Insights for crop breeding in the face of climate change

With the aid of innovative statistical methods, researchers explore the complex interplay between life cycle, environmental factors and genetic information using wheat as an example.

Cereal crops such as wheat are sensitive to climate change. Many studies show that their yield decreases as temperatures rise and extreme weather events increase.

A team led by agricultural scientist Prof. Dr. Tsu-Wei Chen from the Humboldt-Universität zuBerlin has developed a new statistical method with which the researchers have been able to demonstrate that there are certain time windows in the life cycle of plants during which environmental variables, such as temperatures or precipitation, have a particularly large influence on later yields.

How high the yield losses are in unfavorable environmental conditions also depends on the genetic make-up of individual cultivars. These findings can, therefore, provide important insights for the future breeding of stress-resistant wheat cultivars. The researchers published their results in Nature Plants.

Climate change is altering cultivation conditions and is already leading to crop failures

Winter wheat is one of the most important crops worldwide and is therefore crucial for food security. There are many factors that determine how large the harvest is at the end, such as the temperature and rainfall levels, the quality of the soil, the type of cultivation, or the cultivar used. Climate change is changing cultivation conditions and is already leading to major crop failures. Farmers have to adapt to this and need new solutions.

“It is already known that winter wheat is very sensitive to high temperatures during the flowering season, from around the end of May to the beginning of June,” explains Tsu-Wei Chen. If temperatures increase to over 30 degrees Celsius during this period, the fertilization rate drops rapidly as the pollen gets damaged.

The plant then forms only a few kernels, and the yield remains low. During the life cycle of the wheat plant, there are very many of these special time windows in which it reacts sensitively to various environmental influences. It is difficult to investigate the interaction of environment, genotype and developmental phase during these time windows.

New method makes complex relationships visible

“There are hundreds of wheat cultivars in Germany alone, and all of them have different characteristics,” explains Tsu-Wei Chen. “It is almost impossible to characterize all cultivars in detail in field experiments, so as to determine all the strengths and weaknesses and the interactions with the environment.”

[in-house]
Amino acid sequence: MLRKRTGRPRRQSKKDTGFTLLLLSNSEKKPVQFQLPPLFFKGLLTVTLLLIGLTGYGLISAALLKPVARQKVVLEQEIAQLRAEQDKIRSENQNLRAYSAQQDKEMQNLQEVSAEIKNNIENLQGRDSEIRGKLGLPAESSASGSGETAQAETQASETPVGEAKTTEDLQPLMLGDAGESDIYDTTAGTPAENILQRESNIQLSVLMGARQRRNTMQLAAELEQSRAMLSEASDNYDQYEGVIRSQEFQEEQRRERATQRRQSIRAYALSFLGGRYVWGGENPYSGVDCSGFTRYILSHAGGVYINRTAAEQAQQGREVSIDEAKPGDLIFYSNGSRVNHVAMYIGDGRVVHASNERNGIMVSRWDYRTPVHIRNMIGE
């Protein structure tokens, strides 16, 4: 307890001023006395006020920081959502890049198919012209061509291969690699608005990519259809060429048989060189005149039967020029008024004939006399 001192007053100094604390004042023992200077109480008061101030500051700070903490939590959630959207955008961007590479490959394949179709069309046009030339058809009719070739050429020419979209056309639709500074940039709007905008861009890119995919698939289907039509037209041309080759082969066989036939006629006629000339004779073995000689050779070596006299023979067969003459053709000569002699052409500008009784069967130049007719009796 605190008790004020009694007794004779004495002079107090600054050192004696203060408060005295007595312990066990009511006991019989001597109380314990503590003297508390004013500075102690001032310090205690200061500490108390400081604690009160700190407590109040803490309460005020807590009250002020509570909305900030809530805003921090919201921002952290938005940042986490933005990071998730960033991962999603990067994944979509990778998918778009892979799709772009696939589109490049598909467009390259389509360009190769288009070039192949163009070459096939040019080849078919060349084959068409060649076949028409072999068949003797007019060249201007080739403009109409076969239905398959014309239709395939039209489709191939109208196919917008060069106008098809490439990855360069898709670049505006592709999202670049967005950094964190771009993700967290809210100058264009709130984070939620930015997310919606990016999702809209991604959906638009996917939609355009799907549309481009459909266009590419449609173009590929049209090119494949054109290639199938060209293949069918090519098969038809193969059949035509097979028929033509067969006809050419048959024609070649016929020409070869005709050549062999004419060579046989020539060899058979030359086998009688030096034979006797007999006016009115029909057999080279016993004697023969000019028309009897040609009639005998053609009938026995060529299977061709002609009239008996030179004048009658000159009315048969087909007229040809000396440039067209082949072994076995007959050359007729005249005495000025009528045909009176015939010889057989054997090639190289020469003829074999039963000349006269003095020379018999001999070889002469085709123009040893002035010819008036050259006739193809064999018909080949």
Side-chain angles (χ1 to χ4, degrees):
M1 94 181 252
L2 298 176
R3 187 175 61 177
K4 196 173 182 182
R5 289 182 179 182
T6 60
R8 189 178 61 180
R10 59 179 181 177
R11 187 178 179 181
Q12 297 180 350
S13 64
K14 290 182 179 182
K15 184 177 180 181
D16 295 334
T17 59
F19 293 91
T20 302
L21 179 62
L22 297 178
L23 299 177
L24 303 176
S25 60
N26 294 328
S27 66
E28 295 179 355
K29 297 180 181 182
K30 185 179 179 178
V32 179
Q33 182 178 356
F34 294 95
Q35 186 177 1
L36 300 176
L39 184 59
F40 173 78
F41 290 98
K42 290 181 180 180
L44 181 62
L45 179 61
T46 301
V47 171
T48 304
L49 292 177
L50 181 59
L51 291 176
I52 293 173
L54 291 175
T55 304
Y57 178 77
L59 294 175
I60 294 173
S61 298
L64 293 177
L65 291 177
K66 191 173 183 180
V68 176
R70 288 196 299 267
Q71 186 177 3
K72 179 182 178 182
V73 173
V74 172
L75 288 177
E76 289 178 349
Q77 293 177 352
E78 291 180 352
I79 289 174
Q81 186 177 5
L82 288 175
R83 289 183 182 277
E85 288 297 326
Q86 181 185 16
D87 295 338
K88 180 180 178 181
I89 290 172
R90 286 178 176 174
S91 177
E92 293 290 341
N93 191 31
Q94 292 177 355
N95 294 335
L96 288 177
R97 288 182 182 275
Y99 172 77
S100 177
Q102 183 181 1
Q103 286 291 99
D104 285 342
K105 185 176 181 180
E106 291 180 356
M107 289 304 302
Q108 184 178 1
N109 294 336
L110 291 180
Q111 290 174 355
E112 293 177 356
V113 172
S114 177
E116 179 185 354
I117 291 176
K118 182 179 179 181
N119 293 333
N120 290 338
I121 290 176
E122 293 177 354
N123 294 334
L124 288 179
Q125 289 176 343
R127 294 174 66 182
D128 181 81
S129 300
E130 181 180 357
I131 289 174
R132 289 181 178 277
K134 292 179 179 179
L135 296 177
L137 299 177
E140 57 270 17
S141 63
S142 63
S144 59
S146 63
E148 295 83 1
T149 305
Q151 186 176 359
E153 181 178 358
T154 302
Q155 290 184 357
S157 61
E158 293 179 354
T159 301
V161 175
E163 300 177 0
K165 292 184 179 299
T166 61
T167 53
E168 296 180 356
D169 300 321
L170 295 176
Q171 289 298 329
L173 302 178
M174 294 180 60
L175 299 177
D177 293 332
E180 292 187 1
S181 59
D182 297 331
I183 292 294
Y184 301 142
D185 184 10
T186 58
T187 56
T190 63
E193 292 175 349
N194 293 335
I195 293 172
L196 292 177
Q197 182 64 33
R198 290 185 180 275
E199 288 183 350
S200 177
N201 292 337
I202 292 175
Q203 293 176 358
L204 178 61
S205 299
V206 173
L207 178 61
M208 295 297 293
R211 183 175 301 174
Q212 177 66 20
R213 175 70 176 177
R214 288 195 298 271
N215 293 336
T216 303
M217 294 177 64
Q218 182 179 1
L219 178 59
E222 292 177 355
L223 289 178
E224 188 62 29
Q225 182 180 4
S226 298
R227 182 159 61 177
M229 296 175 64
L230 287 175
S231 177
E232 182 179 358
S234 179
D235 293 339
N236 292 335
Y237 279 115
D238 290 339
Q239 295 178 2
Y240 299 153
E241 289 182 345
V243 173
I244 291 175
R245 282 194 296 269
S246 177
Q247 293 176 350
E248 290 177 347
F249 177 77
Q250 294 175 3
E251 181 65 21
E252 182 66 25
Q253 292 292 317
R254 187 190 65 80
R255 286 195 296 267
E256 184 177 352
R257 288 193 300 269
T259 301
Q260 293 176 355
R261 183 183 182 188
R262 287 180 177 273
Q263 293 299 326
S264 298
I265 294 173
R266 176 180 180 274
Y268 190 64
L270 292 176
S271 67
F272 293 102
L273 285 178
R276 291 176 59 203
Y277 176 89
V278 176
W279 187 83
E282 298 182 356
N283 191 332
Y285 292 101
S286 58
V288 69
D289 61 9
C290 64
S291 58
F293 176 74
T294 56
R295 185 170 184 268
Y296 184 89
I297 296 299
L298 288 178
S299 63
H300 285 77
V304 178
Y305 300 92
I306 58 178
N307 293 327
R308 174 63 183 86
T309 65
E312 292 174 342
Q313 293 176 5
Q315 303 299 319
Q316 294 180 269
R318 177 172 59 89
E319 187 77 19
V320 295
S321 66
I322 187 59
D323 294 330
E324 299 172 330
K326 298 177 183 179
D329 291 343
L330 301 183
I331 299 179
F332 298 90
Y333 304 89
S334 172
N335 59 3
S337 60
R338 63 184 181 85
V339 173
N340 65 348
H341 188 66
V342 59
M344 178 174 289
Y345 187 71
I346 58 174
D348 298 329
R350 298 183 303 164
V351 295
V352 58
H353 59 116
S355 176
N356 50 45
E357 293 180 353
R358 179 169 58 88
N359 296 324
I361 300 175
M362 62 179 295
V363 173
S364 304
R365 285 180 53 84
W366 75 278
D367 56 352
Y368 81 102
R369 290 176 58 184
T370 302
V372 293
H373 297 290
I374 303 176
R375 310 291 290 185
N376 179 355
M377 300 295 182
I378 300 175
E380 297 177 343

In order to understand these relationships better nevertheless, the researchers developed a statistical method and applied it to data from field experiments involving 220 different winter wheat cultivars grown at six test sites across Germany for three consecutive seasons.

For each site, each cultivar and each year of the experiment, soil data were determined, along with the determinative yield components, i.e., kernels per spike, spike number, and thousand-kernel weight. The research team combined this data with growth models and selected weather data from the region in question for a total of 81 different time windows per season.

Through this new statistical method, the researchers not only identified all already known sensitive developmental phases, but also ascertained new key moments in the plant life cycle. They were also able to determine which environmental influences are decisive at these times and how strongly the individual cultivars react to them.

For example, they discovered that night time temperature before flowering governs the kernel size, that precipitation still increases the number of ears even after flowering, and that during the late grain filling stage at the end of July, the intensity of the solar radiation influences the weight of the mature kernels.

Breeding stress-resistant cultivars

“We have not only discovered new sensitive time windows, but also instances of stress resistance in certain cultivars,” says Tsu-Wei Chen. These findings are particularly important for future breeding, in order to be able to identify cultivars and genetic resources that are less sensitive to environmental fluctuations and can, thus, reliably deliver stable yields.

Furthermore, the novel methods allow cereal crop yields to be predicted under future climate conditions. “Our results open up new avenues for future research and raise several unanswered questions. For example, we need to explore which physiological processes and mechanisms regulate sensitivity and which genetic regions and genes are associated with it,” explains the researcher.

More information:
Khadija Sabir et al, Stage-specific genotype-by-environment interactions determine yield components in wheat, Nature Plants (2023). DOI: 10.1038/s41477-023-01516-8

Provided by
Humboldt-Universität zu Berlin

Insights for crop breeding in the face of climate change (2023, October 20)

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